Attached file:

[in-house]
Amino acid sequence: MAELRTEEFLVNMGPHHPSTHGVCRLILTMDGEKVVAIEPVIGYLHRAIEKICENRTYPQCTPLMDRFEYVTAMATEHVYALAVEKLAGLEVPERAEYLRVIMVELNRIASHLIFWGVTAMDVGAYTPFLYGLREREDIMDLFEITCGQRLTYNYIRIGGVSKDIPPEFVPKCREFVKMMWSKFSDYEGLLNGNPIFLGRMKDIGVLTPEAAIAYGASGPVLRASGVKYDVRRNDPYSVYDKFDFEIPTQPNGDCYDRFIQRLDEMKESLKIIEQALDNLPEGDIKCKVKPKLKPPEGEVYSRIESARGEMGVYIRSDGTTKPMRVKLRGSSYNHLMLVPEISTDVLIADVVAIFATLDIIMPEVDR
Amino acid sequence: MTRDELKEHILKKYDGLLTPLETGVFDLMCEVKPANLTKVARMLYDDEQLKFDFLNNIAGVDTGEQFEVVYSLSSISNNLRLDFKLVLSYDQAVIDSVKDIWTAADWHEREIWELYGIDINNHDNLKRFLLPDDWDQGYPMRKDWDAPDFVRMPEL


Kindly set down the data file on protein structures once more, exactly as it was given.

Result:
[in-house]
Amino acid sequence: MAELRTEEFLVNMGPHHPSTHGVCRLILTMDGEKVVAIEPVIGYLHRAIEKICENRTYPQCTPLMDRFEYVTAMATEHVYALAVEKLAGLEVPERAEYLRVIMVELNRIASHLIFWGVTAMDVGAYTPFLYGLREREDIMDLFEITCGQRLTYNYIRIGGVSKDIPPEFVPKCREFVKMMWSKFSDYEGLLNGNPIFLGRMKDIGVLTPEAAIAYGASGPVLRASGVKYDVRRNDPYSVYDKFDFEIPTQPNGDCYDRFIQRLDEMKESLKIIEQALDNLPEGDIKCKVKPKLKPPEGEVYSRIESARGEMGVYIRSDGTTKPMRVKLRGSSYNHLMLVPEISTDVLIADVVAIFATLDIIMPEVDR
Amino acid sequence: MTRDELKEHILKKYDGLLTPLETGVFDLMCEVKPANLTKVARMLYDDEQLKFDFLNNIAGVDTGEQFEVVYSLSSISNNLRLDFKLVLSYDQAVIDSVKDIWTAADWHEREIWELYGIDINNHDNLKRFLLPDDWDQGYPMRKDWDAPDFVRMPEL